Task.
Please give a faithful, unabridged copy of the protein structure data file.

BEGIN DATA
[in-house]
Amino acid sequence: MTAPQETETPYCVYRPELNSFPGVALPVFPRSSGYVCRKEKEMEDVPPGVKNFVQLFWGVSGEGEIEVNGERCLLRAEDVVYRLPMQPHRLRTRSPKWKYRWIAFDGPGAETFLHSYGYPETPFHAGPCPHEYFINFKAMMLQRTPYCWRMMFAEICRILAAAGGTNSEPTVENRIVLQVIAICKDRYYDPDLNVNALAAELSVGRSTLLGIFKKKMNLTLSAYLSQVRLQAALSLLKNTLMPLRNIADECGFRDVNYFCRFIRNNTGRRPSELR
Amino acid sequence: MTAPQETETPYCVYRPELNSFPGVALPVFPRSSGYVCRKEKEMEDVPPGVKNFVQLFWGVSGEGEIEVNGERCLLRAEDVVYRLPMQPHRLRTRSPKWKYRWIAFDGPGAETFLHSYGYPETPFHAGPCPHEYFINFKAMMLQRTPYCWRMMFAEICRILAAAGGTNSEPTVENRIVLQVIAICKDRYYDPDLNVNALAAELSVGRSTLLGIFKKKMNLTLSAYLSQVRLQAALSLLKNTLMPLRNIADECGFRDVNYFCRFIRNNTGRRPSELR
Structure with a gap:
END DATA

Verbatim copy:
[in-house]
Amino acid sequence: MTAPQETETPYCVYRPELNSFPGVALPVFPRSSGYVCRKEKEMEDVPPGVKNFVQLFWGVSGEGEIEVNGERCLLRAEDVVYRLPMQPHRLRTRSPKWKYRWIAFDGPGAETFLHSYGYPETPFHAGPCPHEYFINFKAMMLQRTPYCWRMMFAEICRILAAAGGTNSEPTVENRIVLQVIAICKDRYYDPDLNVNALAAELSVGRSTLLGIFKKKMNLTLSAYLSQVRLQAALSLLKNTLMPLRNIADECGFRDVNYFCRFIRNNTGRRPSELR
Amino acid sequence: MTAPQETETPYCVYRPELNSFPGVALPVFPRSSGYVCRKEKEMEDVPPGVKNFVQLFWGVSGEGEIEVNGERCLLRAEDVVYRLPMQPHRLRTRSPKWKYRWIAFDGPGAETFLHSYGYPETPFHAGPCPHEYFINFKAMMLQRTPYCWRMMFAEICRILAAAGGTNSEPTVENRIVLQVIAICKDRYYDPDLNVNALAAELSVGRSTLLGIFKKKMNLTLSAYLSQVRLQAALSLLKNTLMPLRNIADECGFRDVNYFCRFIRNNTGRRPSELR
Structure with a gap: